EE to launch 4G mobile services in 16 UK cities in 2012
The UK's first fourth generation (4G) mobile service will launch in 16 UK cities before the end of the year.
Everything Everywhere, which will now be known as just EE, will continue the rollout into the new year, and aims to provide 4G to 98% of the UK by 2014.
4G coverage in London, Birmingham, Cardiff and Bristol is currently being tested ahead of launching in "weeks".
Rivals have voiced concerns that EE had been given an unfair headstart by launching first.
Other cities to get the high-speed connectivity are Belfast, Derby, Edinburgh, Glasgow, Hull, Leeds, Liverpool, Manchester, Nottingham, Newcastle, Sheffield and Southampton.'Spout unstoppably'
The news that 4G will be available in 16 cities by Christmas will be seen as good for the UK which has already fallen behind other countries in terms of next generation mobile.
But rivals to Everything Everywhere will be hopping mad that the firm has been allowed a head start while they must wait until the airwaves auction next year.
Meanwhile, Everything Everywhere is as keen to promote its new EE brand as the 4G network it will run.
Chief executive Olaf Swantee admitted he had never loved the clunky Everything Everywhere moniker although he refused to sound the death knell for Orange and T-Mobile as individual brands.
But all existing T-Mobile and Orange shops across the country will be rebranded EE in due course.
Consumers of course won't care how it is branded - as long as it delivers faster, better services.
4G mobile technology will mean all of these locations will benefit from improved network access speeds, even indoors.
Speaking at the event, London Mayor Boris Johnson said: "I barely understand it, but information will spout unstoppably from these gizmos.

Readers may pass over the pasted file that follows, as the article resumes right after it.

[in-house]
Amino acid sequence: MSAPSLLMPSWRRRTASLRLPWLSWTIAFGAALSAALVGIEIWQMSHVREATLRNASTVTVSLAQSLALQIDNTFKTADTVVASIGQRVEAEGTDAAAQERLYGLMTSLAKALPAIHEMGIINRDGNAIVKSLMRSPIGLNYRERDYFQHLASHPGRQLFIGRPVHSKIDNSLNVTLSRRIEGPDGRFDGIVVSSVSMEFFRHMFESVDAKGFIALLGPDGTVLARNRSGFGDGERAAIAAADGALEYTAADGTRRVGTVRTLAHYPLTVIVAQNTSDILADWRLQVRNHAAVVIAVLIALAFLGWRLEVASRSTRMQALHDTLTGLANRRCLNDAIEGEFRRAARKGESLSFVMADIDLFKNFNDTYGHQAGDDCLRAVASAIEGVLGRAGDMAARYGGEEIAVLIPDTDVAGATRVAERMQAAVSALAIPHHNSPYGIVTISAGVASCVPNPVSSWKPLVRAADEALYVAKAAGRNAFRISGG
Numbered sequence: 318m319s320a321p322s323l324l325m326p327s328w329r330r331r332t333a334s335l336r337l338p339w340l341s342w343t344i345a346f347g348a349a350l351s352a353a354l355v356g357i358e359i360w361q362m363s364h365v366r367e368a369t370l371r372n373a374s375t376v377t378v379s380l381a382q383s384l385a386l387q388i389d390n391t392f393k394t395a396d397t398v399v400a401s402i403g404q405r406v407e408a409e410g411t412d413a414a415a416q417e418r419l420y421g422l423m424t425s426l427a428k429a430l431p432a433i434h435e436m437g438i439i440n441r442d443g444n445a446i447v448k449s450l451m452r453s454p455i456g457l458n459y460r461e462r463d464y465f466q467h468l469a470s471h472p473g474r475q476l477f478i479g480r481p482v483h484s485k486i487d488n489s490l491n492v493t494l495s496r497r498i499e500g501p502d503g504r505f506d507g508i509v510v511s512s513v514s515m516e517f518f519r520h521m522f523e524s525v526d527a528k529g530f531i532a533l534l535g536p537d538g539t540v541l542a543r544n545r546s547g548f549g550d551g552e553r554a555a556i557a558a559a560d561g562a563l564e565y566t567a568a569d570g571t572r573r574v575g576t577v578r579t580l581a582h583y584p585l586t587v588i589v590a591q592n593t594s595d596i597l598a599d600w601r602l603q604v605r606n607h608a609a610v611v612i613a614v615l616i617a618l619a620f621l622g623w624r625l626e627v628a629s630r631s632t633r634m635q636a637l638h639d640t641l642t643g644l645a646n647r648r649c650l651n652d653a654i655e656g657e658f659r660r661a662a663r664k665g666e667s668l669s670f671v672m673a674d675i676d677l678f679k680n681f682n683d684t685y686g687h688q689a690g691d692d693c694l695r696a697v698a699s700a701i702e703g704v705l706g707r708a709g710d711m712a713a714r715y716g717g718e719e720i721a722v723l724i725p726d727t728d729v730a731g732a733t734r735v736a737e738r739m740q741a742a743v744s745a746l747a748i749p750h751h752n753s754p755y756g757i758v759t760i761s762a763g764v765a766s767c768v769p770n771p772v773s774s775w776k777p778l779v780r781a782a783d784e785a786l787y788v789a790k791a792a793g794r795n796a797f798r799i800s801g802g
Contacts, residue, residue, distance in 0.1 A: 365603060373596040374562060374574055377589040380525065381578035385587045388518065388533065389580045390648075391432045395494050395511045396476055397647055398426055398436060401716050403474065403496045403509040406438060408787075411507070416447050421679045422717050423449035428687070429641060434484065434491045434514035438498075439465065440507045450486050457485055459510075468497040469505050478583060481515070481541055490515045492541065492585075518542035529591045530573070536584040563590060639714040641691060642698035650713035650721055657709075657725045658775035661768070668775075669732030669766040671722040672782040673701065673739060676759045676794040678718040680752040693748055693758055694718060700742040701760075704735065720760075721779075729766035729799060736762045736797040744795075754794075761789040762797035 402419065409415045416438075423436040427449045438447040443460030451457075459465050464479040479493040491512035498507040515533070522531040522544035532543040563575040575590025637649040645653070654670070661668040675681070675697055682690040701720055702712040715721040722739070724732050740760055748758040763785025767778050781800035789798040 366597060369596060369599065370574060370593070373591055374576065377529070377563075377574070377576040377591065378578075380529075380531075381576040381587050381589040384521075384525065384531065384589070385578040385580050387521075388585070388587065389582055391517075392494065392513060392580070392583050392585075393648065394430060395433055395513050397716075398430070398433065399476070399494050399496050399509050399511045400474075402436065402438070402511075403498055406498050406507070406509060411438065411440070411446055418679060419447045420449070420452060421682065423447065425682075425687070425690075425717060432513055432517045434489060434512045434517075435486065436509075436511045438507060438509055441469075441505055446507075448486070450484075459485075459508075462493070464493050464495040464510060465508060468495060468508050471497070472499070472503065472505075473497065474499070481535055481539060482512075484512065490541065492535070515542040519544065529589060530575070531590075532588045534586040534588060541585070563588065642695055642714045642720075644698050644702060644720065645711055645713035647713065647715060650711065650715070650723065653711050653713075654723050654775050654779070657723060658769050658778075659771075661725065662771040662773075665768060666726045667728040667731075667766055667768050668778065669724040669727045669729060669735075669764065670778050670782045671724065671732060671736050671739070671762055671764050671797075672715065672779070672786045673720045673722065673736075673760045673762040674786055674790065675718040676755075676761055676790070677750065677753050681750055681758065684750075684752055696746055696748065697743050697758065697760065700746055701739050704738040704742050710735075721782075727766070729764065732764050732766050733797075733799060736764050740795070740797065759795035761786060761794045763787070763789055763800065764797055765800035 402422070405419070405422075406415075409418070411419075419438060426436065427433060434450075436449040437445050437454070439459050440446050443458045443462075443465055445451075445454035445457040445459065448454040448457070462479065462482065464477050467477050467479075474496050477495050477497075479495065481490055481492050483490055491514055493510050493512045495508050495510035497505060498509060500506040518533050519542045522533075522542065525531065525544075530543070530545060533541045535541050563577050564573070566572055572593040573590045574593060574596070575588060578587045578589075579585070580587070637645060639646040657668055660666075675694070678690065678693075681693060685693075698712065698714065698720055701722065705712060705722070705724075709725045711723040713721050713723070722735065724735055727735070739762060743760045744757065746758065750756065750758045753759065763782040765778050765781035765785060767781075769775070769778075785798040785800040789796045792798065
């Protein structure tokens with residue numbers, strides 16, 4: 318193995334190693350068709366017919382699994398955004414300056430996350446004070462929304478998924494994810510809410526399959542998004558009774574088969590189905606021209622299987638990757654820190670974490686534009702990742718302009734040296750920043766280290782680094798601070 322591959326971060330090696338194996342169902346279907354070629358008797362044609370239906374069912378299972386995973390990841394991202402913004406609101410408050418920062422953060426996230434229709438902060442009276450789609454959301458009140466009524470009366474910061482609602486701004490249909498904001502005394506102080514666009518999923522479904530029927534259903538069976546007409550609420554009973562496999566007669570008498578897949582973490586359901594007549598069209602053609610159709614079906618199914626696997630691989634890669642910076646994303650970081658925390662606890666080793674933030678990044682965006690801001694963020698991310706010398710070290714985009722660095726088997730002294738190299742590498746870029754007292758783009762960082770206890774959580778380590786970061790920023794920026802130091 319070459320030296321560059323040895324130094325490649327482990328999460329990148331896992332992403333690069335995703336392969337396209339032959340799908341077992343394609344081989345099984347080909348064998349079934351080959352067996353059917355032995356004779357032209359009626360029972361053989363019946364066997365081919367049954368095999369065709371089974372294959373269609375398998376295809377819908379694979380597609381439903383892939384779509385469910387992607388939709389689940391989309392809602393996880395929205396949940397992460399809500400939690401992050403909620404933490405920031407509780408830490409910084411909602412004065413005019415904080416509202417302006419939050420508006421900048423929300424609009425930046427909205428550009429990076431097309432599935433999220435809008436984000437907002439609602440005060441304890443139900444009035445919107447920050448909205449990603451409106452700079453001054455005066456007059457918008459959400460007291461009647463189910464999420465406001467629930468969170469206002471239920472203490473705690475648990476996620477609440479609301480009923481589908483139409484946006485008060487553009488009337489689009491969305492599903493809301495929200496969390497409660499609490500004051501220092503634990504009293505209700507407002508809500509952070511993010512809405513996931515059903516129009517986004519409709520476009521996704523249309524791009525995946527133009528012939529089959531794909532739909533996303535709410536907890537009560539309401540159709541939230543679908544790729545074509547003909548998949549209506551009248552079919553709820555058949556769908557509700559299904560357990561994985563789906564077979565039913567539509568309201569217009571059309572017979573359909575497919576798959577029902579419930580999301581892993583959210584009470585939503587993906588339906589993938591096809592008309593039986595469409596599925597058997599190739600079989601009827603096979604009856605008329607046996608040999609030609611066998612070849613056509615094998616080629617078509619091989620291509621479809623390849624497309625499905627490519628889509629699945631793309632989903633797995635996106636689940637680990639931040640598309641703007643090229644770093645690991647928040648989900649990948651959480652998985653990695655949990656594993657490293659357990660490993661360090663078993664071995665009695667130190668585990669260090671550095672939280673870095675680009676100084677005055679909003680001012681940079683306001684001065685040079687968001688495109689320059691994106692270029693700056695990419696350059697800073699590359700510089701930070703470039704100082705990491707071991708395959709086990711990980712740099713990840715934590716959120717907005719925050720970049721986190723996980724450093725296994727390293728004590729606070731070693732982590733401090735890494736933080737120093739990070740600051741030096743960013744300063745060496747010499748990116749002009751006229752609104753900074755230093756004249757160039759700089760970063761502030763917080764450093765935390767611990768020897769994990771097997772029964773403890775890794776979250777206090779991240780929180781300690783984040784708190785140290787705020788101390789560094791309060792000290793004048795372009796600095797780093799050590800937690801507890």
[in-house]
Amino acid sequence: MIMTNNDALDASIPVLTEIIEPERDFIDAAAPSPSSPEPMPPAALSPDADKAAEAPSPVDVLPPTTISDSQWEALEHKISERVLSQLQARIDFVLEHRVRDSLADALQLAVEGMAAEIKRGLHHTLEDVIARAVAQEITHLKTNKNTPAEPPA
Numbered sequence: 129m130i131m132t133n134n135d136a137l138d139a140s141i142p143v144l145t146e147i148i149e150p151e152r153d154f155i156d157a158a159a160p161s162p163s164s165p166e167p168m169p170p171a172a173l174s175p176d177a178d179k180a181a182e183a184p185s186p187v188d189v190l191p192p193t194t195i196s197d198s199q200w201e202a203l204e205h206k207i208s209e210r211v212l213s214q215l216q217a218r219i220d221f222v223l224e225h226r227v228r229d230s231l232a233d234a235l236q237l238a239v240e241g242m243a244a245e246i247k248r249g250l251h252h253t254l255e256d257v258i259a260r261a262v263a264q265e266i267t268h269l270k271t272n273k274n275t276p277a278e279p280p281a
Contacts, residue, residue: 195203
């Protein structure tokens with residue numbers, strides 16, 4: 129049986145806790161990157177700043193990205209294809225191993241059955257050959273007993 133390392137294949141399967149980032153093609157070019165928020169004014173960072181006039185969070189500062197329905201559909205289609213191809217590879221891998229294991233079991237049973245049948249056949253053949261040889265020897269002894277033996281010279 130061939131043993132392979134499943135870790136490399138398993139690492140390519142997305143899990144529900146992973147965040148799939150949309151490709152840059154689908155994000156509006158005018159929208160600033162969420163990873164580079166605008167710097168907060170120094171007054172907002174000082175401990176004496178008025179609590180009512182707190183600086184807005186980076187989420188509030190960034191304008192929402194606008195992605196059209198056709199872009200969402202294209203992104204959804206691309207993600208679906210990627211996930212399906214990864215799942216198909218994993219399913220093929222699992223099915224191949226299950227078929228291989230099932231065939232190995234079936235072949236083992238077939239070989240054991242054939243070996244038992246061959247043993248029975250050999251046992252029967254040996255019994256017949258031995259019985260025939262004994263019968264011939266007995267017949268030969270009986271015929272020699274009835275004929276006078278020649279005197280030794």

"It will bring huge advantages to anyone living or working in London."
Further rollout could prove a boon to rural areas where fixed line broadband speeds are poor.
EE will offer several handsets to use with the service. Within the year, these will be Samsung's Galaxy S III LTE; HTC's One XL and Huawei's Ascend P1 LTE.
The company will also offer Nokia's Lumia 820 and Lumia 920 - the latter of which the company has as an exclusive deal.
In addition, other devices will be launched to allow customers to connect existing equipment - such as a laptop - to the 4G network.
"4G will bring a more reliable connection," EE chief executive Olaf Swantee told the BBC.
"When you see that it can do so much more than the current network, people will have a great appetite for it."
The use of 4G will create a huge demand for data, he said - meaning networks would need to be updated.
"Our networks can cope for now but they are not future-proofed."
However, he refused to be drawn on media reports that Ofcom had brokered a peace deal between operators who were said to be angry at EE's early access to the 4G spectrum.
But he did say that threats of legal action were shortsighted.
"Stop using lawyers. We need to move on and get 4G infrastructure in place."Legal wrangle
EE won permission to launch 4G services in an Ofcom ruling published on 21 August. In November 2011 it asked Ofcom for permission to run the high-speed data services over part of the radio spectrum it already uses for earlier generation technologies.
There are still important questions to be answered. What will customers have to pay for the service and when will it reach those rural areas that may need it more than the towns?”
Rival networks are being forced to wait to launch their 4G services as they do not have any spare spectrum to use.
All operators will get a chance to buy spectrum to support 4G in 2013 when Ofcom runs an auction to divide up the radio frequencies reserved for these services.
The threat of legal action has delayed the auction and led to the UK trailing many other nations that already have fast-speed 4G services up and running.
The day after EE's launch, Apple is holding an event at which it is thought to be unveiling the next version of its iPhone.
This will also be able to handle 4G but it is not yet clear if it will work on the frequencies that EE's early services will use.